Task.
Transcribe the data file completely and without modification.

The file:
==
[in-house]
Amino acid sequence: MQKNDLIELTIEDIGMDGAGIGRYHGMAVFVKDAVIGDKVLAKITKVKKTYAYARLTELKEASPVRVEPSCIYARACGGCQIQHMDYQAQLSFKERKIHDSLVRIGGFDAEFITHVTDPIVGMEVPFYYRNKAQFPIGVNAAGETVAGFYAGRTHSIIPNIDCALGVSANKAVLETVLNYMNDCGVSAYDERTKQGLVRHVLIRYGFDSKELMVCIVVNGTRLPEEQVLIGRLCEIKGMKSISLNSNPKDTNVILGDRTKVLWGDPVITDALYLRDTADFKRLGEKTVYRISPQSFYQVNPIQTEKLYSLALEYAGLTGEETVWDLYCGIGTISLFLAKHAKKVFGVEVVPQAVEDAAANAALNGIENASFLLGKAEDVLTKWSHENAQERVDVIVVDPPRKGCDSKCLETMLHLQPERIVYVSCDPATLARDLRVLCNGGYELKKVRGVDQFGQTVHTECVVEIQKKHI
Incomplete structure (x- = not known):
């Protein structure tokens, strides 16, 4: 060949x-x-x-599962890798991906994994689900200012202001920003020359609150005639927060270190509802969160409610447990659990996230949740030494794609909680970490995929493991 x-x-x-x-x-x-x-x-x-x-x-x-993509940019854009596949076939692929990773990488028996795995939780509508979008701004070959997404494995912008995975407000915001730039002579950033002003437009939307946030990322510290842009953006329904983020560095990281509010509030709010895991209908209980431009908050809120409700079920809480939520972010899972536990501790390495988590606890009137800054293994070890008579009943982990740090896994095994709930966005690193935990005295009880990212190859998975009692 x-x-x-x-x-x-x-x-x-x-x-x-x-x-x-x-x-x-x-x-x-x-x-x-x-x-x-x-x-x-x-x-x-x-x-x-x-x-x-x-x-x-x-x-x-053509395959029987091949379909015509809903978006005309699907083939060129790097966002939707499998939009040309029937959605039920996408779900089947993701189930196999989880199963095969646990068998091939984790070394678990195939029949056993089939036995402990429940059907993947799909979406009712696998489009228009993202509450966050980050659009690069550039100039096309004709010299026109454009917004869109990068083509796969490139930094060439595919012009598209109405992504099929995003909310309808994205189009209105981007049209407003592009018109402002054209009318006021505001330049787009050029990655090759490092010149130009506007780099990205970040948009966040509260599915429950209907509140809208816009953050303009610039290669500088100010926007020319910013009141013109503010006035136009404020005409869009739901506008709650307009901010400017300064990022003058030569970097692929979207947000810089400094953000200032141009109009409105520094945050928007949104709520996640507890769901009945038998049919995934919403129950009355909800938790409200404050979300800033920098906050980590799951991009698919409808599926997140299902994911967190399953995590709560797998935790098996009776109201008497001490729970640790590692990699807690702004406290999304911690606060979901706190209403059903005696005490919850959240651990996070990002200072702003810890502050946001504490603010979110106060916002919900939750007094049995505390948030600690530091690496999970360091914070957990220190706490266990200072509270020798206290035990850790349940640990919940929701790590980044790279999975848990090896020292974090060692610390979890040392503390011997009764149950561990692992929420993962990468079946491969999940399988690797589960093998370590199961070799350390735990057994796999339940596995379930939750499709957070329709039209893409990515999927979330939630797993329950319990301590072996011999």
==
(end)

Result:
[in-house]
Amino acid sequence: MQKNDLIELTIEDIGMDGAGIGRYHGMAVFVKDAVIGDKVLAKITKVKKTYAYARLTELKEASPVRVEPSCIYARACGGCQIQHMDYQAQLSFKERKIHDSLVRIGGFDAEFITHVTDPIVGMEVPFYYRNKAQFPIGVNAAGETVAGFYAGRTHSIIPNIDCALGVSANKAVLETVLNYMNDCGVSAYDERTKQGLVRHVLIRYGFDSKELMVCIVVNGTRLPEEQVLIGRLCEIKGMKSISLNSNPKDTNVILGDRTKVLWGDPVITDALYLRDTADFKRLGEKTVYRISPQSFYQVNPIQTEKLYSLALEYAGLTGEETVWDLYCGIGTISLFLAKHAKKVFGVEVVPQAVEDAAANAALNGIENASFLLGKAEDVLTKWSHENAQERVDVIVVDPPRKGCDSKCLETMLHLQPERIVYVSCDPATLARDLRVLCNGGYELKKVRGVDQFGQTVHTECVVEIQKKHI
Incomplete structure (x- = not known):
């Protein structure tokens, strides 16, 4: 060949x-x-x-599962890798991906994994689900200012202001920003020359609150005639927060270190509802969160409610447990659990996230949740030494794609909680970490995929493991 x-x-x-x-x-x-x-x-x-x-x-x-993509940019854009596949076939692929990773990488028996795995939780509508979008701004070959997404494995912008995975407000915001730039002579950033002003437009939307946030990322510290842009953006329904983020560095990281509010509030709010895991209908209980431009908050809120409700079920809480939520972010899972536990501790390495988590606890009137800054293994070890008579009943982990740090896994095994709930966005690193935990005295009880990212190859998975009692 x-x-x-x-x-x-x-x-x-x-x-x-x-x-x-x-x-x-x-x-x-x-x-x-x-x-x-x-x-x-x-x-x-x-x-x-x-x-x-x-x-x-x-x-x-053509395959029987091949379909015509809903978006005309699907083939060129790097966002939707499998939009040309029937959605039920996408779900089947993701189930196999989880199963095969646990068998091939984790070394678990195939029949056993089939036995402990429940059907993947799909979406009712696998489009228009993202509450966050980050659009690069550039100039096309004709010299026109454009917004869109990068083509796969490139930094060439595919012009598209109405992504099929995003909310309808994205189009209105981007049209407003592009018109402002054209009318006021505001330049787009050029990655090759490092010149130009506007780099990205970040948009966040509260599915429950209907509140809208816009953050303009610039290669500088100010926007020319910013009141013109503010006035136009404020005409869009739901506008709650307009901010400017300064990022003058030569970097692929979207947000810089400094953000200032141009109009409105520094945050928007949104709520996640507890769901009945038998049919995934919403129950009355909800938790409200404050979300800033920098906050980590799951991009698919409808599926997140299902994911967190399953995590709560797998935790098996009776109201008497001490729970640790590692990699807690702004406290999304911690606060979901706190209403059903005696005490919850959240651990996070990002200072702003810890502050946001504490603010979110106060916002919900939750007094049995505390948030600690530091690496999970360091914070957990220190706490266990200072509270020798206290035990850790349940640990919940929701790590980044790279999975848990090896020292974090060692610390979890040392503390011997009764149950561990692992929420993962990468079946491969999940399988690797589960093998370590199961070799350390735990057994796999339940596995379930939750499709957070329709039209893409990515999927979330939630797993329950319990301590072996011999």